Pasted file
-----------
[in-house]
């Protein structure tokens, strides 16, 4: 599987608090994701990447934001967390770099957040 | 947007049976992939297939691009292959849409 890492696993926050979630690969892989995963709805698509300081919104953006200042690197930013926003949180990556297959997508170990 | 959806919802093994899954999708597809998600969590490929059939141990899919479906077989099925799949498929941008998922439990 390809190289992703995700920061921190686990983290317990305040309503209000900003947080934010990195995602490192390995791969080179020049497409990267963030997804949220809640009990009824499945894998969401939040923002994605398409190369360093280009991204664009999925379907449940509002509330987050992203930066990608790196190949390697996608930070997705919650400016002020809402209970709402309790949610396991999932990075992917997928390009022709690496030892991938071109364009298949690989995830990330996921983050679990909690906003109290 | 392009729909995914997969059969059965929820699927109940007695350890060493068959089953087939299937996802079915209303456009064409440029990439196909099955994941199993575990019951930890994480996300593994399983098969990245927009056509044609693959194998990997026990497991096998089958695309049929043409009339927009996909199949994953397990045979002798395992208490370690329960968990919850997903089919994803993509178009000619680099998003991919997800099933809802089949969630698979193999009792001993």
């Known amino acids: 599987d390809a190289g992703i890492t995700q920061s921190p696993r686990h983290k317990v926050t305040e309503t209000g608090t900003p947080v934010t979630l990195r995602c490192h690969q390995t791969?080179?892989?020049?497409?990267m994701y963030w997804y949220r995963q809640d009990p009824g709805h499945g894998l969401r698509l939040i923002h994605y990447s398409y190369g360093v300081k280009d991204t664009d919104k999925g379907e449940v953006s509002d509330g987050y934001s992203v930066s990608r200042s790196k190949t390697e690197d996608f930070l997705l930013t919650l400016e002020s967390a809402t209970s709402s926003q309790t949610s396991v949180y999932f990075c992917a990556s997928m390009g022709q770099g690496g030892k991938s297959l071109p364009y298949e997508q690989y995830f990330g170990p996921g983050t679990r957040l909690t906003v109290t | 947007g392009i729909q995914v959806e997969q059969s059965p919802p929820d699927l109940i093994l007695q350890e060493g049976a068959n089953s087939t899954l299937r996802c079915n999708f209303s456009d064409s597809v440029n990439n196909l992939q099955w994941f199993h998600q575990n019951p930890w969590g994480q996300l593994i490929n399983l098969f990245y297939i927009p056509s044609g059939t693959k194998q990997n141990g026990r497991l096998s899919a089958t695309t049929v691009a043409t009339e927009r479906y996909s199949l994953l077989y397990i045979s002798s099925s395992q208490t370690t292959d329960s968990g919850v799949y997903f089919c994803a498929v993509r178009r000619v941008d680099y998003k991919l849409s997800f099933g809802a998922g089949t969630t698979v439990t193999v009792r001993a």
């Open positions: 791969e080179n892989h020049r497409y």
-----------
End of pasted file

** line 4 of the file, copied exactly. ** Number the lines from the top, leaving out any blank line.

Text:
């Open positions: 791969e080179n892989h020049r497409y």